A thalassophile is someone who loves the ocean and the sea.
Metanoia is a spiritual conversion; the journey of changing one’s mind, heart, or way of life.
Meraki is to put something of yourself into what you are doing. To do it with soul, creativity or love.
Strikhedonia is something we all like to do whenever possible. It’s the joy of being able to say “To hell with it!”
Eunoia is a pure and well-balanced mind that shows kindness and goodwill to others.
Eudaimonia is the highest good for human beings. It’s being in a contented state of happiness, health and prosperity.
An English word that means events that happen by chance, in a happy or beneficial way.
A querencia is a place where one feels safe and at home. It’s the place where your strength of character is drawn from.
I’m definitely one of these! Translated as “Cloud-walker.” A nefelibata is someone who lives in the clouds of their own imagination or dreams.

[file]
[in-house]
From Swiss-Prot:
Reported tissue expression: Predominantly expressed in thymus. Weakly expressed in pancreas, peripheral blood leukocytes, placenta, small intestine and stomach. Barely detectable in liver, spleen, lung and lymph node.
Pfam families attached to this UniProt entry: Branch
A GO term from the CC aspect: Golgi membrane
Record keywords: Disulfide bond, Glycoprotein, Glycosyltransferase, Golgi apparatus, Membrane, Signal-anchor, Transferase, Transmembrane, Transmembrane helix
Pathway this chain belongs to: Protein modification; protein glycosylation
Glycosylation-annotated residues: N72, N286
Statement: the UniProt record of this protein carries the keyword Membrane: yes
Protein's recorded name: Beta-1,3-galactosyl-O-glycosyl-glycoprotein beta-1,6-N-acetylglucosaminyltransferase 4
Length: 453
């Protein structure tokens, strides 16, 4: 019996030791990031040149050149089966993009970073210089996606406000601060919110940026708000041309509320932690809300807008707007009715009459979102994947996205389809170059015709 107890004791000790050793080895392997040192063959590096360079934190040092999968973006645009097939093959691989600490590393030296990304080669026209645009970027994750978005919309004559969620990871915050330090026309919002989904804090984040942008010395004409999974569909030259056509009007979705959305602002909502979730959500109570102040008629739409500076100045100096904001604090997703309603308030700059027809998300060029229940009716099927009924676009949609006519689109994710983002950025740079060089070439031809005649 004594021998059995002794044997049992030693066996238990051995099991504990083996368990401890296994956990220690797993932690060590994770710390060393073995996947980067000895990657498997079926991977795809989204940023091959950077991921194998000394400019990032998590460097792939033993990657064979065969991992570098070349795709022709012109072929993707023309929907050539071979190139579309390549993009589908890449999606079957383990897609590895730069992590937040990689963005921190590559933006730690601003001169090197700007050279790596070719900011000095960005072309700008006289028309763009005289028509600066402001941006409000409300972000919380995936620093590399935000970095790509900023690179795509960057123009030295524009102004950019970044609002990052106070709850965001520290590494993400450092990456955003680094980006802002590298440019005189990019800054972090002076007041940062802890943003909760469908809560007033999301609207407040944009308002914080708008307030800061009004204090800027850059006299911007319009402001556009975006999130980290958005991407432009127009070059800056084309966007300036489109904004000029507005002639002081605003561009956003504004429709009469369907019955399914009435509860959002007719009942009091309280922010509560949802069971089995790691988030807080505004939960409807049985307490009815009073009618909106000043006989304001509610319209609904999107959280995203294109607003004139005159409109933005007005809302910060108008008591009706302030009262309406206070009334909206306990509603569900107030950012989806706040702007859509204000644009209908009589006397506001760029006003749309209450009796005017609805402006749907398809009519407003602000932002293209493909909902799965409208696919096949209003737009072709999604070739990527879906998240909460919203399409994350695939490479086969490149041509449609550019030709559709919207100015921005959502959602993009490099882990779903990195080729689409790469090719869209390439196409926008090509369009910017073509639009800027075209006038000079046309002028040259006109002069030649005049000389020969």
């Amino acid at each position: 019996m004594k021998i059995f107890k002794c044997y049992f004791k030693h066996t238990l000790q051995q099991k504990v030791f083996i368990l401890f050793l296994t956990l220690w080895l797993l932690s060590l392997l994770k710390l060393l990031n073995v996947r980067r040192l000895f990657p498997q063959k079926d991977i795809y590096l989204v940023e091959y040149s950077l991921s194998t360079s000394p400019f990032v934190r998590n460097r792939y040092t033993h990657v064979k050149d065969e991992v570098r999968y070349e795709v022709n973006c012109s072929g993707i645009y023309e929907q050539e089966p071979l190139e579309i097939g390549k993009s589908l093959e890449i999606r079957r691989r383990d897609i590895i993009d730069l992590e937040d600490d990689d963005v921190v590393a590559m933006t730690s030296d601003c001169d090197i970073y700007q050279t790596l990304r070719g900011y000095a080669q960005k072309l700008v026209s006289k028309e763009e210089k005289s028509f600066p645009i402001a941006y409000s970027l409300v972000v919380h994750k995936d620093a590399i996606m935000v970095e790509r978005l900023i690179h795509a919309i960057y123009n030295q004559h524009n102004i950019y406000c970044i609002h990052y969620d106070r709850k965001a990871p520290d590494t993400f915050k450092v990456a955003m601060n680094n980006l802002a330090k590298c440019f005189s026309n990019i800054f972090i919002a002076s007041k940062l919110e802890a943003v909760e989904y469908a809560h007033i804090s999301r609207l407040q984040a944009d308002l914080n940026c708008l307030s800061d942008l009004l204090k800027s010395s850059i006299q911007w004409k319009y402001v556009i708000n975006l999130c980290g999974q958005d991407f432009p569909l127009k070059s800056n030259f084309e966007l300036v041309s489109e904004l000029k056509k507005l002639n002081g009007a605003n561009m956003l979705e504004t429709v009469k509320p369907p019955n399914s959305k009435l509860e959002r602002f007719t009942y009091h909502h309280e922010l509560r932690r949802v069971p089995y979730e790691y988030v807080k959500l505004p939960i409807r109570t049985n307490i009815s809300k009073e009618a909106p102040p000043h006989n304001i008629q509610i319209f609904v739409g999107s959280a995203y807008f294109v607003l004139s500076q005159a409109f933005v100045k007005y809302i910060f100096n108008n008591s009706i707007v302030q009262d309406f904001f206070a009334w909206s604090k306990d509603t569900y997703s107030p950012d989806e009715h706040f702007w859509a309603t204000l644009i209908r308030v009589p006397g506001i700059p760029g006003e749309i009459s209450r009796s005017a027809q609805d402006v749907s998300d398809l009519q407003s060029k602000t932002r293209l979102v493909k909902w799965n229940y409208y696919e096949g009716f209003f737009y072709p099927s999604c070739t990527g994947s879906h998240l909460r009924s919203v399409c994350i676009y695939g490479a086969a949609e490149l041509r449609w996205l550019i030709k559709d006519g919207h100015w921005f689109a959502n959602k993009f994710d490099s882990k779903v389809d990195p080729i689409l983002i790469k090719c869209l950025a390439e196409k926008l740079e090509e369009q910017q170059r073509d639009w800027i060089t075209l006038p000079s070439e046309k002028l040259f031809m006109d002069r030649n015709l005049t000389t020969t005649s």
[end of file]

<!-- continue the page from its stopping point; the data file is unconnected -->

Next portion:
Fernweh is a craving for travel, something that I’m sure many of you experience regularly. It’s a “far sickness,” an ache to explore distant places that you’ve never visited before.
Wanderlust is pretty much what it says on the tin – a strong desire to wander, or travel and explore the world.
So, what are you favorite beautiful words? Do you have any that aren’t listed above? Let us know in the comments below!
All of our beautiful word definition prints, including many more that aren’t shown above are available in our store, either as printable downloads or prints.